Port of Antwerp-Bruges sees container volume decrease in Q1/Q2 2023

Port of Antwerp-Bruges sees container volume decrease in first half of 2023

The Port of Antwerp-Bruges has witness a decline in its total throughput, having fallen 5.5 per cent in the first six months of 2023 compared to the same time last year.

The downturn in demand for container shipping can be ascribed to the worldwide economic condition.

However, the port has managed to stand up well and has even gained market share in container handling when compared to other ports in the Hamburg-Le Havre area.

After two challenging years, operational issues and bottlenecks at container terminals were rectified, with diverted freight returning.

This results in an improvement in the second quarter (-4.6 per cent in TEU) compared to the results after the first quarter of this year (-5.8 per cent in TEU).

READ: World’s largest containership calls at Port of Antwerp-Bruges

The uncertain economic environment, declining industrial production, and low consumer confidence are causing a global slowdown in container transport demand of up to 9 per cent in the first quarter of this year.

This results in a 5.9 per cent decline in tonnes and a 5.2 per cent decrease in TEU at the Port of Antwerp-Bruges compared to the first six months of 2022.

The port received 10,188 ocean-going vessels in the first half of the year, a 2.8 per cent decrease. These vessels’ gross tonnage declined by 4.7 per cent.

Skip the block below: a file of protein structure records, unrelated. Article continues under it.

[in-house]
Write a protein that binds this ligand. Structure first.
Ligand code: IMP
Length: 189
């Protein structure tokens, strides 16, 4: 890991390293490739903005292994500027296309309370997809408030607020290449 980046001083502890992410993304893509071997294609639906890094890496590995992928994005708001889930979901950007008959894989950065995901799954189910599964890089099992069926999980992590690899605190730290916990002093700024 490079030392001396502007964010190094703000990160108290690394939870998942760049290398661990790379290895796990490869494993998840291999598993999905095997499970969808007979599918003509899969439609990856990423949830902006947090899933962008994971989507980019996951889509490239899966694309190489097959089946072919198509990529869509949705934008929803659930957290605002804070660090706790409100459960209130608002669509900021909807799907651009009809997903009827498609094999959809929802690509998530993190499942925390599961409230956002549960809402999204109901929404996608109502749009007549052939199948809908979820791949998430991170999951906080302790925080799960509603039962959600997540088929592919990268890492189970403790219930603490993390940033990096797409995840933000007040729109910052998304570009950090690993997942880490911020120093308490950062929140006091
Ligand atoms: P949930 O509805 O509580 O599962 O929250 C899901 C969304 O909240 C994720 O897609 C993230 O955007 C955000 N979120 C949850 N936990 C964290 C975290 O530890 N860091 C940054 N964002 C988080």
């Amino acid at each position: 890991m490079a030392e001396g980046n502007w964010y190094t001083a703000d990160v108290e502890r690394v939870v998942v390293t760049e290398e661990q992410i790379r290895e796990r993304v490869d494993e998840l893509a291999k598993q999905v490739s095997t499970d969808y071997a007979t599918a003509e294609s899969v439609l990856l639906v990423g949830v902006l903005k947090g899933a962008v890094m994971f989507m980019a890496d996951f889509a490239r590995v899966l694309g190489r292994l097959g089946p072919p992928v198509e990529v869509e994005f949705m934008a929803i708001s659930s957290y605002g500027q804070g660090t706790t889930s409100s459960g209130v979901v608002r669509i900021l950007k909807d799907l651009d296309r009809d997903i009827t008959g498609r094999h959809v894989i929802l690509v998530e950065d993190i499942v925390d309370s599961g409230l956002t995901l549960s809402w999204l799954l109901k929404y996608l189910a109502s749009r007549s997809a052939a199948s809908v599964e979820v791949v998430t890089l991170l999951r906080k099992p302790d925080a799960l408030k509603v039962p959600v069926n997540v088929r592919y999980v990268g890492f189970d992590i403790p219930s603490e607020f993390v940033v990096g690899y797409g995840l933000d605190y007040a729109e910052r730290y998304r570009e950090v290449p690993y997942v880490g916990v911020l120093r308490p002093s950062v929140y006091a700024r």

READ: Port of Antwerp-Bruges implements radar and camera network

On the other hand, the refeer sector had a significant increase in the first six months of 2023, with the Port of Antwerp-Bruges reporting a 10.6 per cent increase over the same time last year.

Additionally, roll-on/roll-off traffic remained constant at the Belgian port, which recorded 1.8 million new automobiles transported in and out, a 15 per cent increase from 2022.

Furthermore, Ro-Ro traffic has maintained consistency at the Belgian port, who reported a 15 per cent increase from 2022 with approximately 1.8 million cars shipped in and out.

Jacques Vandermeiren, CEO of Port of Antwerp-Bruges, said: “As with other world ports, the economic situation is still posing major challenges, and this is reflected in the figures. But in these volatile conditions, the port is holding up relatively well.”

Annick De Ridder, Vice-Mayor of the City of Antwerp and President of the Board of Directors of Port of Antwerp-Bruges, stated: “The calls of the record ships show that we can receive the largest container ships and handle them thanks to our investments in high-performance infrastructure at the terminals.

“With record ships comes sufficient container capacity. Sustainable growth and Extra Container Capacity Antwerp therefore remain priorities to ensure our position as a world port and live up to our role as the economic engine of Flanders.”

This month, the Port of Antwerp Bruges, the port community, and NxtPort decided that all transport companies would be obliged to pick up containers based on Certified Pick up.

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